Balasore (Odisha): For the third time in five days, India on Monday test-fired two surface-to-air anti-aircraft 'Akash' missiles from the Integrated Test Range at Chandipur near here, achieving success in one while the data of the second trial was being analysed.
"Two Akash missiles were launched from the ITR. While one test was successful, data for the other is still being analysed," ITR Director M V K V Prasad said over phone.
The double test-fire came after trials of the indigenous missile, with a range of 25 km and capable of carrying a warhead of 60 kg to neutralise aerial targets, on May 24 and 26.
"The flight trials were conducted in quick succession from road mobile launchers at launch pad-3 in the ITR at about 1102 hours," defence sources said.
"Each missile was aimed at intercepting a floating object supported by a pilotless target aircraft at a definite altitude over the sea," the sources said.
"It was a routine user trial conducted by the defence forces after completion of developmental test and induction into the defence armoury," an official of Defence Research and Development Organisation (DRDO) said.
After the launch, assesment was made with data retrived from telemetry stations and radars. Akash, an anti-aircraft defence system, could simultaneously engage several targets with 'Rajendra' radar developed by Electronics and Radar Development Establishment (LRDE), a DRDO laboratory in Bangalore.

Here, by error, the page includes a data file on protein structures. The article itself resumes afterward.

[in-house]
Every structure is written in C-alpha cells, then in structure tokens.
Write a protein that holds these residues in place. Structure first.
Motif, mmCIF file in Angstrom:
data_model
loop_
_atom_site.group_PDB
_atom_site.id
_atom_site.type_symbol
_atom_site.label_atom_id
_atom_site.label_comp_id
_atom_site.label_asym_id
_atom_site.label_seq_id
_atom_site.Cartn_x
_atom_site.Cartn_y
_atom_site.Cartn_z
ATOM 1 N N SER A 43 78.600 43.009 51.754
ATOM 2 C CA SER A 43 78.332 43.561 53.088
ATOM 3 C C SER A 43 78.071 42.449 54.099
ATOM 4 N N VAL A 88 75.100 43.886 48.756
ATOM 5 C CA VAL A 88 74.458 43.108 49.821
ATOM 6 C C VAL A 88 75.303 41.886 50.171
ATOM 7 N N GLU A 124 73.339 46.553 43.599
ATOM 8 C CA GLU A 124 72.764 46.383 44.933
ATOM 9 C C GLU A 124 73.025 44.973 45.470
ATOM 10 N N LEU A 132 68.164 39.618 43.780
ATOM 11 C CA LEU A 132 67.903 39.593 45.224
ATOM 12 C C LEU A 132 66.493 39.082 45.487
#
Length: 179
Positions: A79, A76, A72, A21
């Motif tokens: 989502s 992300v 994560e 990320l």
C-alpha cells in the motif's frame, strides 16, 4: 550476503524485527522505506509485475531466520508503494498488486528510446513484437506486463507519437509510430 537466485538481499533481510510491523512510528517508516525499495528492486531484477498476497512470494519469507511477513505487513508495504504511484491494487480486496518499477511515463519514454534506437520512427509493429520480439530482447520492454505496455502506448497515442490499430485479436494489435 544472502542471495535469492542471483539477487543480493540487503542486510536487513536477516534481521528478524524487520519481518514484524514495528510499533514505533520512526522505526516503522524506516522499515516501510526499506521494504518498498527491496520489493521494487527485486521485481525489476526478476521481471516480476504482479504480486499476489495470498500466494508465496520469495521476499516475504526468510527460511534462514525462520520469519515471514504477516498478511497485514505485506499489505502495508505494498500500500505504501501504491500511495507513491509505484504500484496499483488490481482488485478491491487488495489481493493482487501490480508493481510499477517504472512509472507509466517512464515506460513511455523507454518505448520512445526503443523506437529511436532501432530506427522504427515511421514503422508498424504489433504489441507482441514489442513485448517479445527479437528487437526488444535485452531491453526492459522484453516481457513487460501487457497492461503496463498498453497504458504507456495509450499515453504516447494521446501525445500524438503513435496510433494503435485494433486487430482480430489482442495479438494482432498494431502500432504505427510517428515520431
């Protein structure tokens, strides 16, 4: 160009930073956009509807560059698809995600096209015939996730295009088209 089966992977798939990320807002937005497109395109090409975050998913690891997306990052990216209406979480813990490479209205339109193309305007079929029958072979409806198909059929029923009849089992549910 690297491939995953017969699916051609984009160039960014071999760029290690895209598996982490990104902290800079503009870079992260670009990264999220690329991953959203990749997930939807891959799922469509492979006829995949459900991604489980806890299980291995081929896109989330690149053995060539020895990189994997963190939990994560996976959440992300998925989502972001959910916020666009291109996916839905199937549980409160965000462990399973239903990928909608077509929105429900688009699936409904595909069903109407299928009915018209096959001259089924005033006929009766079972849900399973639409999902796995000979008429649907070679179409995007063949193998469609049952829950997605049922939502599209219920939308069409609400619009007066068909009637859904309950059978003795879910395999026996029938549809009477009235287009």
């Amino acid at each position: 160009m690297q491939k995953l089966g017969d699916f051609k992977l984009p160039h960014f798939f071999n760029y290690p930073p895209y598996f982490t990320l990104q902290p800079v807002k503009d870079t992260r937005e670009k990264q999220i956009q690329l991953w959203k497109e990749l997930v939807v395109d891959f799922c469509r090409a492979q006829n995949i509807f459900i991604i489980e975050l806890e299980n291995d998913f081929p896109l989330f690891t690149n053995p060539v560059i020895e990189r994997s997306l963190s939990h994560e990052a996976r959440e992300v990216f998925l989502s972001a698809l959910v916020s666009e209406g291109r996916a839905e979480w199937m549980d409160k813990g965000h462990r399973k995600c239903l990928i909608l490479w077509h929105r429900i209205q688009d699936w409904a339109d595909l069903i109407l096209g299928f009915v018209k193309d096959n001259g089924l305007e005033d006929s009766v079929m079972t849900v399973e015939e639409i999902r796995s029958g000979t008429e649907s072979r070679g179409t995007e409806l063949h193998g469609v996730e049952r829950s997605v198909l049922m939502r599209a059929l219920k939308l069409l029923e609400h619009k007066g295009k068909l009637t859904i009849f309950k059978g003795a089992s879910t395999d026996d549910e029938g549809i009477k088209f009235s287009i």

The radar carries out the surveillance, tracks the target, acquires it and guides the missile towards it. Rajendra is a 'passive phased array radar'. It is a multifunction radar, capable of tracking 64 targets and controlling up to 12 missiles simultaneously.
Defence experts have compared Akash missile with the American MIM-104 Patriot surface-to-air missile system. Similar to MIM-104, Akash is capable of neutralizing aerial targets like unmanned aerial vehicles (UAVs), fighter jets, cruise missiles and air-to-surface missiles.
Development of Akash missile took place during 1990s under the country’s Integrated Guided Missile Development Programme (IGMDP) and after many trials, it was inducted into the armed forces. The anti-aircraft missile is already part of the Army and the Air Force.


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